On Saturday, practically the whole of Alappad panchayat spread across 17 km will begin hunger strikes at different places.

On 100th day of anti-mining protests in Alappad 100 residents go on hunger strike
news Protest Friday, February 08, 2019 - 16:49

“Oh, blind leaders 

Open your eyes and see us 

Open your ears and hear us 

We are the children of Alappad 

And we will fight this fight” 

Friday marks the 100th day of the anti-sand mining protests in Kerala’s Alappad village and the local mood here can be best described as a fire raging bright. Over 120 people have crammed into the small protest tent in Cheriyazheekal. Loud cries of slogans ring the hot air. Inside the tent, 100 residents from Alappad have begun a 24-hour strike (8 am to 8 am) to get the government to stop mining in their coast. 

“We will host several people who support our movement from different parts of Kerala today evening. Each of them will bring a handful of sand from their land with them and come to join the protest,” Shajith Chandran, a local protestor tells TNM. 

For the past three months, the Alappad anti-mining people’s movement, a group of local activists, have intensified their years’ long protest against illegal black sand mining in their village. The 28 km stretch on Kollam’s coastline where Alappad is located is famous for its mineral-rich sand. Mining is being done here since 1965, by Indian Rare Earth - a Central government PSU and the State government’s Kerala State Metals and Minerals Ltd. and this has wiped out nearly 90% of the village. Now, the residents here have just one collective demand - a complete ban on mining.

“If they take sand from here anymore, Alappad will vanish from the map,” Sharath Pal, a Muscat based Alappad native, who is on the hunger strike tells TNM. 

Alappad and its neighbouring panchayats have witnessed massive migration out of the villages in the past few decades. Families and entire communities have moved to other areas as the land they once owned was lost to the sea due to the shrinking coast - a result of extensive mining. The people here do not need an environmental expert to tell them that their village is not vanishing because of natural erosion, as the government claims. Once, 89.5 sq km in size, Alappad has now shrunk to a mere 8 sq km as truckloads of sand are being taken away from here every day and never replaced.   

“If they deep mine 200 metres of the coast and take away 80% of the sand, the rest of the 20% of ‘waste sand’ is not enough to refill the pit that they have dug up. This is why you see these mining ponds filled with sea water here. There is simply not enough residual sand to fill the pits with,” Shajith adds. 

Moreover, the sand here is rich in minerals such as Monzonite, Ilmenite, Rutile, Zircon and not all of them are found in its black component.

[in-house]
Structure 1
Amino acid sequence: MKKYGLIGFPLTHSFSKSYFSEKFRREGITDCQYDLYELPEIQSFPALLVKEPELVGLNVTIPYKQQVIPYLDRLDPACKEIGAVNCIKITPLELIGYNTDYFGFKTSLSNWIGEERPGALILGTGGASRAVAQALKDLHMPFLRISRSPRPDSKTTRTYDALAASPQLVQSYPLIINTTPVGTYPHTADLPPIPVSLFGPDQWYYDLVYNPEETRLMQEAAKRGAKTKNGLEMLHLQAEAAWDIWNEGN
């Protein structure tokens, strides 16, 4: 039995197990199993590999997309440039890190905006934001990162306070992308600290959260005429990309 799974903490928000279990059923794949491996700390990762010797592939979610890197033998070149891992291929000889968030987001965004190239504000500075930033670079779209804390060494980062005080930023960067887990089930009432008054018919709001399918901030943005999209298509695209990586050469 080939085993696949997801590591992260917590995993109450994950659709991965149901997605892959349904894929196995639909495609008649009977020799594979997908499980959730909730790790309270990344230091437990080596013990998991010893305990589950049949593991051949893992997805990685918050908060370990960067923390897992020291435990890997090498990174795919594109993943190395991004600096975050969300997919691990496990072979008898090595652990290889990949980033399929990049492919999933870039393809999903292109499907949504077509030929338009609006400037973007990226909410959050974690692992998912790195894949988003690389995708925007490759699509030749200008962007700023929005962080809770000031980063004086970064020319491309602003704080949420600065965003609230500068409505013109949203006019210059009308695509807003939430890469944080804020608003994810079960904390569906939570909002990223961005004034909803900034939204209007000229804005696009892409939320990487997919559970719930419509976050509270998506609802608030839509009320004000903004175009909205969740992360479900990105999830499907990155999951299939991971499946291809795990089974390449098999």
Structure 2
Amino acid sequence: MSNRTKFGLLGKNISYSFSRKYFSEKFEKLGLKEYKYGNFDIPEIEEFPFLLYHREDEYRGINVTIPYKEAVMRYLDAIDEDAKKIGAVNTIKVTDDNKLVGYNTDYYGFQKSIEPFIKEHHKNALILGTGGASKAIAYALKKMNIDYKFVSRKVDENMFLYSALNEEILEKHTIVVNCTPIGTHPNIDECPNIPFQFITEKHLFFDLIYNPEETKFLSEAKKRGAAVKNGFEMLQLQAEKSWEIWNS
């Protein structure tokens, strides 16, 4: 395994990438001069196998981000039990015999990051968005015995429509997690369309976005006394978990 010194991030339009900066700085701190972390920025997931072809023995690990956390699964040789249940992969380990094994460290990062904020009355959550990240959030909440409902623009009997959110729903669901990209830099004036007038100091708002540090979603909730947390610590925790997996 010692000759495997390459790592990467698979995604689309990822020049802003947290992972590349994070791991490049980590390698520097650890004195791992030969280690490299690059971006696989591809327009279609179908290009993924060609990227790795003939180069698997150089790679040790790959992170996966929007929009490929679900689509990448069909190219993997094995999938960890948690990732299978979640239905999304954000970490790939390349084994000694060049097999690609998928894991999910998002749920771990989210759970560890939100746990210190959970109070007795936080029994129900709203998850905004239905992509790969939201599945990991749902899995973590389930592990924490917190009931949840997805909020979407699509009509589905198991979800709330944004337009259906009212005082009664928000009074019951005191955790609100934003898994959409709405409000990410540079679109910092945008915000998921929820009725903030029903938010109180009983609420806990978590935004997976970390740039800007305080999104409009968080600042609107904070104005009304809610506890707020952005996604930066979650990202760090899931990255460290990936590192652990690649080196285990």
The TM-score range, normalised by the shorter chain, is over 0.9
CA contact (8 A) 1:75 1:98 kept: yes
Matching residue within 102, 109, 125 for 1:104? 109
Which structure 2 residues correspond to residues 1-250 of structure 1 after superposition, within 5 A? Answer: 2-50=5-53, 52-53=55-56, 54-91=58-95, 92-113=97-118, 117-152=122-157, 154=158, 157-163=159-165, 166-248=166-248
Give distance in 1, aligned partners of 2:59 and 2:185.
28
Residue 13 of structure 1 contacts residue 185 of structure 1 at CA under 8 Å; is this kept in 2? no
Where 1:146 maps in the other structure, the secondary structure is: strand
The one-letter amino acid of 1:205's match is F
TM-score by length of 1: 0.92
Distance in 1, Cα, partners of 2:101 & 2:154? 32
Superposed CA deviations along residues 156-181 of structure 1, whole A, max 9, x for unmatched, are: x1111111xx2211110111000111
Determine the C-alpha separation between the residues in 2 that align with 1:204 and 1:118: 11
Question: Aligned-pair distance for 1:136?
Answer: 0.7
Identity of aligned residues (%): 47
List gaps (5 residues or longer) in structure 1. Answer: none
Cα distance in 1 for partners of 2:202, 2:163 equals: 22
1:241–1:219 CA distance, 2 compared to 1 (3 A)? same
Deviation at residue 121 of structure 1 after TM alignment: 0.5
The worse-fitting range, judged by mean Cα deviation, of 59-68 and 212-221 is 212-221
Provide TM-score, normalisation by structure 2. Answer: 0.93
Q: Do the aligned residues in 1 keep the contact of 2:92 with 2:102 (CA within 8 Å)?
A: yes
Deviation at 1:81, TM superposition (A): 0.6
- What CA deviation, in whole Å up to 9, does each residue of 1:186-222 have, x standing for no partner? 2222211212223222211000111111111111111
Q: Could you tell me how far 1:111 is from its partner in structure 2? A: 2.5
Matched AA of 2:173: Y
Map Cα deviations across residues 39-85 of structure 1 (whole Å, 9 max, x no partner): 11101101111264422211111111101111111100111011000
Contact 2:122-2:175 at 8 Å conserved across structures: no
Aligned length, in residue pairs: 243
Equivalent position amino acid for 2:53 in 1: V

“The black component only contains Ilmenite and Rutile which are used to make Titanium. The other minerals such as Monzonite are yellow and Zircon and Silemenite are white. Garnet, a semiprecious stone, is deep red. So the miners are not just taking away only the black component and leaving the rest, most of the sand here is being used up,” Shajith says.

Apart from the exploitation of land, in many areas of Alappad, the sand strip between the TS canal which borders the village and the ocean on the other side, is barely 100 metres. And residents fear that if this is mined away, the canal water will mix with the ocean and submerge the entire area. 

In January 2019, the plight of Alappad's residents gained state-wide attention. This, after the ‘Save Alappad’ social media campaign which the young residents here launched went viral. When several attempts to blame Alappad’s shrinking coast on Tsunami and natural erosion failed, Industries Minister EP Jayarajan on January 18, finally announced that sea wash mining -  an illegal method where sand is taken from the sea shore - will be stopped for a month here. 

However, residents say that the announcement to stop sea washing has made no difference as the two companies have been secretly mining from the sea shore in the nights. 

“From 2 am to 4 am, IRE mines in Vellana Thuruthu at the edge of Alappad. As for KMML, they refuse to even bother hiding this and indulge in sea wash mining openly in the neighbouring Panama village. Some of us went there after the minister’s announcement and saw this happening,” Shajith adds.

On Thursday, Jayarajan formed an expert panel of district collectors and MLAs to study the issue here, due to mounting public pressure. Addressing a press conference in Thiruvananthapuram, he said that both IRE and KMML are two important companies and there should be a favourable situation for them to function. But the minister’s words fail to douse the unrest felt among the people of Alappad, which if anything, is growing by the day. 

“If Friday sees 100 protestors, on Saturday, the entire panchayat spread across 17 km will begin hunger strikes in different areas. All families barring the 70 of those who work for IRE and KMML will strike,” Sharath adds. 

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